While these real-world experiences were challenging for me, both at the time and while reflecting on them after the fact, I can attest to the power of knowledge and wisdom gained, as I was able to learn valuable lessons from my mistakes. Buchanan (2007, 2009, as cited by DeVito, 2017) and Pentland (2008, 2010, as cited by DeVito, 2017) discovered that we use nonverbal signals to “talk” to each other and make up how we are influenced by each other. Therefore, as a counsellor, I must ensure that I go into the counselling session with awareness of such factors. My clients need to feel safe and respected during their sessions, especially since I am a relative stranger in their lives. When counselling is done masterfully, it appears natural and effortless, yet displays high levels of professionalism and empathy toward the client.

Positive outcomes in therapy have been observed when participants applied effective nonverbal skills (Mariska pdf). While continued education in the field of counselling is crucial to every counsellor, if this basic step is overlooked, or not giving its due respect, the budding counsellors career may have dire consequences. Counselling relationships, like all relationships, require trust, especially due to the nature of Life Coaching. Therefore, I feel, that if I can learn to master nonverbal communication at an early stage in my career, I will not have to experience any further pitfalls in this regard, and further, I will build a practise based on trust, integrity and value.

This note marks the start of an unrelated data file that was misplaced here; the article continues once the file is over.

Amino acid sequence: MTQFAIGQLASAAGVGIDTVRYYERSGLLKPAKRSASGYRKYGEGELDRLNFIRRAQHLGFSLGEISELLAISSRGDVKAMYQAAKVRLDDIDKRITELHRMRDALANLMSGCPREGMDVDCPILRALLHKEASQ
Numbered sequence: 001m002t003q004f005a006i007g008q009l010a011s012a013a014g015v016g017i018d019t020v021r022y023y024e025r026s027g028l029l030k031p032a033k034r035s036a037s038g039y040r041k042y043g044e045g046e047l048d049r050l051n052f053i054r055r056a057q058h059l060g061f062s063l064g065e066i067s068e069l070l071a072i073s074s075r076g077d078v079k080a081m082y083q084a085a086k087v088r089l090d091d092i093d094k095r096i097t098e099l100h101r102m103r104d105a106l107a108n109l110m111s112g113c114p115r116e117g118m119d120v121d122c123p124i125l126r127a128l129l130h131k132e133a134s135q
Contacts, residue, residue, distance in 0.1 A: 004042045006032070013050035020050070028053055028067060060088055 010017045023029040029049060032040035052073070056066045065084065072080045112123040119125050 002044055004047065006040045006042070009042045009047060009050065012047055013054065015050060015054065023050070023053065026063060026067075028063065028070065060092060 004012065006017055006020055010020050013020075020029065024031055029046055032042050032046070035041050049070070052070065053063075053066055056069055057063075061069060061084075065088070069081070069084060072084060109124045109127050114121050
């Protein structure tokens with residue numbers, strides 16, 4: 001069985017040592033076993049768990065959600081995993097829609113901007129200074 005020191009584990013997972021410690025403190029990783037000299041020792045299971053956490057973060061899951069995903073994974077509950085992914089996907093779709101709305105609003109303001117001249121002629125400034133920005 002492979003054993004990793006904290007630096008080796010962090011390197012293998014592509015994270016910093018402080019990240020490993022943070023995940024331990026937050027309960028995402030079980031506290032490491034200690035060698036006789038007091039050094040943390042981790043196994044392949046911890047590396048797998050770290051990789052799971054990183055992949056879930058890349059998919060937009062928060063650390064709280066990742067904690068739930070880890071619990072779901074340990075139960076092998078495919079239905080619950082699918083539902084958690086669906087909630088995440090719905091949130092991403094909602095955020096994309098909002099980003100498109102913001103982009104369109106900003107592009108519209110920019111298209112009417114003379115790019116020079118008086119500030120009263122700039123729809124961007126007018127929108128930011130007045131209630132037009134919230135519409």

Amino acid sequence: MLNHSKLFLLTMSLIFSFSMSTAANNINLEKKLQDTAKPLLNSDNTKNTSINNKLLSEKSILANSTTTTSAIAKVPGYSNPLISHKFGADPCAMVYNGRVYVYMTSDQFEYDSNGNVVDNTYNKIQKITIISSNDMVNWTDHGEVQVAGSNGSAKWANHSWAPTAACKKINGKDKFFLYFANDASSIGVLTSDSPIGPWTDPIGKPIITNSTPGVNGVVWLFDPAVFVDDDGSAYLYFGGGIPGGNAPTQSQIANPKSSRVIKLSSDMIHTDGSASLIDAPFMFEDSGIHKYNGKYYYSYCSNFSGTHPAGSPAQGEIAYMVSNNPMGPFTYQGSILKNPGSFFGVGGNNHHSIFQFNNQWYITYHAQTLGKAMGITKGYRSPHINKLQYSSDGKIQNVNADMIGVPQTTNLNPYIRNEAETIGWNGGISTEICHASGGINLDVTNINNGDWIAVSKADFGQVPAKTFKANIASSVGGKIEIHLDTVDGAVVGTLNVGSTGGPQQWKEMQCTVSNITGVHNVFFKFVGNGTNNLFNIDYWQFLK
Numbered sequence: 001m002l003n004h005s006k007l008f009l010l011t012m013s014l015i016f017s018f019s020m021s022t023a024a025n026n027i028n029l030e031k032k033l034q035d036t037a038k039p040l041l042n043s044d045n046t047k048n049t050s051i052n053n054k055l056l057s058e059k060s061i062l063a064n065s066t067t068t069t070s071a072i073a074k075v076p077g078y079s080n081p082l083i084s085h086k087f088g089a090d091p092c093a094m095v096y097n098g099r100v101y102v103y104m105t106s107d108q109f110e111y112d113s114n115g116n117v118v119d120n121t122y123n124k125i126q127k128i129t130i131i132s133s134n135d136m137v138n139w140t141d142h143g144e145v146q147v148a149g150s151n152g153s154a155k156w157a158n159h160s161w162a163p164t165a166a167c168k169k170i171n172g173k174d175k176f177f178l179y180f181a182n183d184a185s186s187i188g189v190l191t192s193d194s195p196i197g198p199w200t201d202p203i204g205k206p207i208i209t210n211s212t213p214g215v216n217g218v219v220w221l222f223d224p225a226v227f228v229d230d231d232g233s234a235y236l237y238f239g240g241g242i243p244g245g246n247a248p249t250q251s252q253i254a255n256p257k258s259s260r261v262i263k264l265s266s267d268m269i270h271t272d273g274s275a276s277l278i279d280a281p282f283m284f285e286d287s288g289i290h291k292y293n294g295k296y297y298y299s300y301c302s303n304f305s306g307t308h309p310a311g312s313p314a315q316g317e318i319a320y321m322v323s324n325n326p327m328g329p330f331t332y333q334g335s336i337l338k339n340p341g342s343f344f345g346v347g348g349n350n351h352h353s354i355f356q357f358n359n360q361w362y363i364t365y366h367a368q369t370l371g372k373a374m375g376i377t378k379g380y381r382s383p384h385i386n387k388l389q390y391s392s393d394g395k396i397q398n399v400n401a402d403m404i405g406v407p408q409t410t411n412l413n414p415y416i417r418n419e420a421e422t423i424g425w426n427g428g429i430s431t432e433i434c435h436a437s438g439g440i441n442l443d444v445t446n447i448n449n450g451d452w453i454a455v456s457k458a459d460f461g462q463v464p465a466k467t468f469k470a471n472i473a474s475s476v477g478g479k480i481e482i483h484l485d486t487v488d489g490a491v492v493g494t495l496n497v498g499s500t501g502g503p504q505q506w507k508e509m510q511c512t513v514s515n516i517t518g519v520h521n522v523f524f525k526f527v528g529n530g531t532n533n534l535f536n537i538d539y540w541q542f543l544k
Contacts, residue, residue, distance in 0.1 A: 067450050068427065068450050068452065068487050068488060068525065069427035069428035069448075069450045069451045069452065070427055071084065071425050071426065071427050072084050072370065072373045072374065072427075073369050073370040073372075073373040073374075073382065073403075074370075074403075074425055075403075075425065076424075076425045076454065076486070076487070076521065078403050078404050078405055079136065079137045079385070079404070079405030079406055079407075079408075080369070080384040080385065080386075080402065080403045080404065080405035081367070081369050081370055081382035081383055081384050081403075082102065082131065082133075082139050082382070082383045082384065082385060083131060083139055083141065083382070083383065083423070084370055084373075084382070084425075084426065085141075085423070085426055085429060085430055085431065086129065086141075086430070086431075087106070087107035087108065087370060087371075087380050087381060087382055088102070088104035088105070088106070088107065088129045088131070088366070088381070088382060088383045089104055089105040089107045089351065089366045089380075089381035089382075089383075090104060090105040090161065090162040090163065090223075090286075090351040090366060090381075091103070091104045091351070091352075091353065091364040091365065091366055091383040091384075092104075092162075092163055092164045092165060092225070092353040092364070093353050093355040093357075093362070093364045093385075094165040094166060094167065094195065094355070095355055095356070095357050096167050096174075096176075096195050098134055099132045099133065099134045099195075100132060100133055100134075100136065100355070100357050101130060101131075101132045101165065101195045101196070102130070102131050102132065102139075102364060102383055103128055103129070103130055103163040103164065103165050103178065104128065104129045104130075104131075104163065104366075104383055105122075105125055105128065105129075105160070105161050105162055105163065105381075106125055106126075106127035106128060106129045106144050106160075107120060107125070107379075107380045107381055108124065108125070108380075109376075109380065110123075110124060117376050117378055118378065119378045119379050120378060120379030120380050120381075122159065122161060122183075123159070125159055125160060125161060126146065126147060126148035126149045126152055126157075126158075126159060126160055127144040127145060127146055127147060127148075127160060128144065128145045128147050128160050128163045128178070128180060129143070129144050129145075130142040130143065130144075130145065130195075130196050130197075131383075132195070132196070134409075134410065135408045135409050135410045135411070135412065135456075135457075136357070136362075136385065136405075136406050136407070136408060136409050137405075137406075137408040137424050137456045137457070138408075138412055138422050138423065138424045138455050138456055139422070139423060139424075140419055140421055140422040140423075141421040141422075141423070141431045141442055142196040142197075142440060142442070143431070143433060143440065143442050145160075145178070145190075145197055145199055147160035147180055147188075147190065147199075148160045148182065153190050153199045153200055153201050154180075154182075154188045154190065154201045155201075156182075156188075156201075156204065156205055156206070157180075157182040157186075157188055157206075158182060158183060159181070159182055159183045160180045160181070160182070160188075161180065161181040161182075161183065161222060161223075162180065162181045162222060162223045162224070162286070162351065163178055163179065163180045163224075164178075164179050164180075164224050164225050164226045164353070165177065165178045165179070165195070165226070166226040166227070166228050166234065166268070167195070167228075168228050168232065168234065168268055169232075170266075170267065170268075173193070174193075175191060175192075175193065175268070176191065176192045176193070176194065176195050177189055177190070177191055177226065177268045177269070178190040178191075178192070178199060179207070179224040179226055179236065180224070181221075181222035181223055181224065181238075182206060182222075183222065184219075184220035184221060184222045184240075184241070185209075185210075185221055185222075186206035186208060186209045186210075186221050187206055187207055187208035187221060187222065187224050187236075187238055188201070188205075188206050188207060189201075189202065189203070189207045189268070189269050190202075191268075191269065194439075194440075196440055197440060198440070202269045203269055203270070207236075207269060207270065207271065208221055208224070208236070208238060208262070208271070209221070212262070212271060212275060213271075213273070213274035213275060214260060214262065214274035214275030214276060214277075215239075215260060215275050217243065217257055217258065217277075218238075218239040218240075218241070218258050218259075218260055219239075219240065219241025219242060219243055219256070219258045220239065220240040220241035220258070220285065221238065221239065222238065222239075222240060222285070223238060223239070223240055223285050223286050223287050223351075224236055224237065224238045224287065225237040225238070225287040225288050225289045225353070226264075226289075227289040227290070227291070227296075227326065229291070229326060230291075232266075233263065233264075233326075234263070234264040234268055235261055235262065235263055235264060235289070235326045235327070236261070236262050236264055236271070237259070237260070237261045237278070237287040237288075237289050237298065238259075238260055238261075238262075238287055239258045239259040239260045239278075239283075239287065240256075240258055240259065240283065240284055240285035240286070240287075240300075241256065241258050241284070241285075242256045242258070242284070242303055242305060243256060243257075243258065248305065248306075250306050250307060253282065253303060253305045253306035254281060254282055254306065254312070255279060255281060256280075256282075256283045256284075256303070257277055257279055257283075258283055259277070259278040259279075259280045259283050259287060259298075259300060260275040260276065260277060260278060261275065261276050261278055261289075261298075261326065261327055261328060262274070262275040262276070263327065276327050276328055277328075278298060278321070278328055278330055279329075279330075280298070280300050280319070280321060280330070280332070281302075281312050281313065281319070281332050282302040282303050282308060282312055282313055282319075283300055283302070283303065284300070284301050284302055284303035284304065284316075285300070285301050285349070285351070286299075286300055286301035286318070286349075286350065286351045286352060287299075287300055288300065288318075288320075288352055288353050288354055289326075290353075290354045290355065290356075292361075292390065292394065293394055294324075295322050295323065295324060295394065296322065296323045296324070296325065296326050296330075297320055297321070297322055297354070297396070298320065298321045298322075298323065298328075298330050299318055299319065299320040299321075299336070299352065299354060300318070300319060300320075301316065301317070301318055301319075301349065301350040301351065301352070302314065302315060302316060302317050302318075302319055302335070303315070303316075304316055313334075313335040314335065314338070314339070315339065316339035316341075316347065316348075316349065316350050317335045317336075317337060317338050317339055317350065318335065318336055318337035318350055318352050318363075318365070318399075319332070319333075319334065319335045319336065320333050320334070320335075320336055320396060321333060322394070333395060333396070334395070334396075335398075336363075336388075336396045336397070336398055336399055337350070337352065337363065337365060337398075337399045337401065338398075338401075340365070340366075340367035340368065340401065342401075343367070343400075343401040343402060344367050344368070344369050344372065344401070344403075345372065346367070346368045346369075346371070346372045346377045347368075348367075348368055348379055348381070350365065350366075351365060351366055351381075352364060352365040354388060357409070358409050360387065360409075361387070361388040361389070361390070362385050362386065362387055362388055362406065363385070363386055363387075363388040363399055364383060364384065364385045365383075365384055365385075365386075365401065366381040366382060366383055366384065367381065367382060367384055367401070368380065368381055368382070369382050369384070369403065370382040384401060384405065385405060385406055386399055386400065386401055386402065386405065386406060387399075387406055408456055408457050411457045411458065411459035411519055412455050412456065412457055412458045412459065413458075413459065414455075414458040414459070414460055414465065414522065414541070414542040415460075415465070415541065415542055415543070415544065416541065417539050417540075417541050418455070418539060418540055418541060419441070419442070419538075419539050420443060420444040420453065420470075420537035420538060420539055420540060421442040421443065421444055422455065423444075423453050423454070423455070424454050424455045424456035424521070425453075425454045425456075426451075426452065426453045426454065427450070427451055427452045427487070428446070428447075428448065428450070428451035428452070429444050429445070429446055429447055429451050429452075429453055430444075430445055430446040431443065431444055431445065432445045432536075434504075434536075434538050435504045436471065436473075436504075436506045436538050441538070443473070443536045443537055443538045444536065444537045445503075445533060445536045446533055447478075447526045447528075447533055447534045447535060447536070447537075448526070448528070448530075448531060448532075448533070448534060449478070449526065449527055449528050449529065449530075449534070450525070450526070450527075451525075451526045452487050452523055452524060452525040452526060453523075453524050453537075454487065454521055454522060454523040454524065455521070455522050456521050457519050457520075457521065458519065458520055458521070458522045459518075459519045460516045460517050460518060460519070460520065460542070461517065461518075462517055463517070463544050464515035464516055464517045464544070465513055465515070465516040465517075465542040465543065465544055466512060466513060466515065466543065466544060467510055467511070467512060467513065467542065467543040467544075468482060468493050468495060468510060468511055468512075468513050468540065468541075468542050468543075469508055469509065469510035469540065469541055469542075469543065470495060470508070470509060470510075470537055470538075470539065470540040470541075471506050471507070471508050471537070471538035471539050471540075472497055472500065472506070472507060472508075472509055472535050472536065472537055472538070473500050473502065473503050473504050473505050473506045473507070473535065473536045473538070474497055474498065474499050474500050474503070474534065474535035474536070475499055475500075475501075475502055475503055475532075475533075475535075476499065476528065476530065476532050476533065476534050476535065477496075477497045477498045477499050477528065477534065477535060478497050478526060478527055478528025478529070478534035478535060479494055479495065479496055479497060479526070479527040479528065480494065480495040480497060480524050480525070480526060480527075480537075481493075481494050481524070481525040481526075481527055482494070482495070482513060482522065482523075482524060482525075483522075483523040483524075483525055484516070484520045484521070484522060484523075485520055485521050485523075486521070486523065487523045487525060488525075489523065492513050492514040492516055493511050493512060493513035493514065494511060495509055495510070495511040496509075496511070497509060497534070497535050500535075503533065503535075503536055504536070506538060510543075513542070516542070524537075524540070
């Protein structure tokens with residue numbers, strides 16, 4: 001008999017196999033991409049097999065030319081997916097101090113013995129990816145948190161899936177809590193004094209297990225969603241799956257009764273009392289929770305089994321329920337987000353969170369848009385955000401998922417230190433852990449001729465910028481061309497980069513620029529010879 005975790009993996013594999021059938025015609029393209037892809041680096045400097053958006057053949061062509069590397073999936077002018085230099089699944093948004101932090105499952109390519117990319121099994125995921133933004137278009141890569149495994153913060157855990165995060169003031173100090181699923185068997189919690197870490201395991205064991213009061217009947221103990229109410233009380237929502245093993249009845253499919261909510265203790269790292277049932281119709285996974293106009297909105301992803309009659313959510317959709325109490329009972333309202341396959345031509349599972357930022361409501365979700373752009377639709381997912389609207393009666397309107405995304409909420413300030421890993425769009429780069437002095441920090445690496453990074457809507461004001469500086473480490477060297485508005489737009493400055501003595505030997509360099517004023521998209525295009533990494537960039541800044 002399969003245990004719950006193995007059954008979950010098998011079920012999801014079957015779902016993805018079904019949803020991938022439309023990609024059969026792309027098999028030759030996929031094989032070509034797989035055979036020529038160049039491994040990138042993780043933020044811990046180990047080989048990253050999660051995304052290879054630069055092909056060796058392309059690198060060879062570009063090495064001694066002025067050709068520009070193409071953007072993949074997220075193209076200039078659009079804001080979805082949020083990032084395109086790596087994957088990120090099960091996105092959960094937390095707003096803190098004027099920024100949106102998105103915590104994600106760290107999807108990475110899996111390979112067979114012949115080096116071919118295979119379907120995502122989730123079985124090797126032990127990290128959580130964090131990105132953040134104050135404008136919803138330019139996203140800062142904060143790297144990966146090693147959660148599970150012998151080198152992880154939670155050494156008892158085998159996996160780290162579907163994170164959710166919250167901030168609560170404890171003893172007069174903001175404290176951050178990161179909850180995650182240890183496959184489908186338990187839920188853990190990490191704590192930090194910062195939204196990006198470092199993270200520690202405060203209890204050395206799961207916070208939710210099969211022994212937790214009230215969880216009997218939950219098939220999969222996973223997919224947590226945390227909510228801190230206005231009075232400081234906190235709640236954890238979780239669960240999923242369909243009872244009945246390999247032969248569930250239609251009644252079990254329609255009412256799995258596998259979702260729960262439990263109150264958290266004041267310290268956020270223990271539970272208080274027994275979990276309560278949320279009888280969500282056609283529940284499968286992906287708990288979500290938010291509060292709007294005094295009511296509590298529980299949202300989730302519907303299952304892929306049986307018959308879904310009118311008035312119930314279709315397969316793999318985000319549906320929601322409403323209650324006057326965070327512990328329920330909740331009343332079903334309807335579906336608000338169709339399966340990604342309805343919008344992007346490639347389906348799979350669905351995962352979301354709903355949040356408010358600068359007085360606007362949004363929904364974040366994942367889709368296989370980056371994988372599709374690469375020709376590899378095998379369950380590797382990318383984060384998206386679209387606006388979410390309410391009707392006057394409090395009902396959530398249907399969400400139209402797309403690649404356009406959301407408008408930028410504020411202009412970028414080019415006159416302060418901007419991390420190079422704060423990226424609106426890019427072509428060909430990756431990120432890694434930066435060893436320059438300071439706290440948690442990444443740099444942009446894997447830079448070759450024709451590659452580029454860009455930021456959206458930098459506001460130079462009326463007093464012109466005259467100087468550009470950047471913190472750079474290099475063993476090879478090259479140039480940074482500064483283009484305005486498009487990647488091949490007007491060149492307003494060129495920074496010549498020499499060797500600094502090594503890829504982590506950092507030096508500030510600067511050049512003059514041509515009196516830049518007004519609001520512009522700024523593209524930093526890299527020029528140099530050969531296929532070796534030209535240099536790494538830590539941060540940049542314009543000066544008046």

Thanks for reading

Donovan – Life Coach



DeVito, J.A. (2019). Nonverbal messages. The interpersonal communication book. (15th ed., pp. 131-169). Pearson education.

Drucker, P.F. (2017). Silence as communication. In H.M. Ruitenbeek (Ed.), The Analytic Situation: How Patient and Therapist Communicate (pp. 48). Taylor & Francis

McCarthy, M. (2017). A psychotherapeutic exploration of the impact of the therapists clothing in the room. Dublin Business School.

Mariska, M.A, Harrawood, L.K. (2013). Understanding the unsaid: Enhancing multicultural competence through nonverbal awareness. VISTAS Online, (64).

Persons, R. W., Persons, M. K., & Newmark, I. (1974). Perceived helpful therapists’ characteristics, client improvements, and sex of therapist and client. Psychotherapy: Theory, Research & Practice, 11(1), 63–65.

Life Coaching Skills – The Most Powerful Life Coaching Skills Model [Review]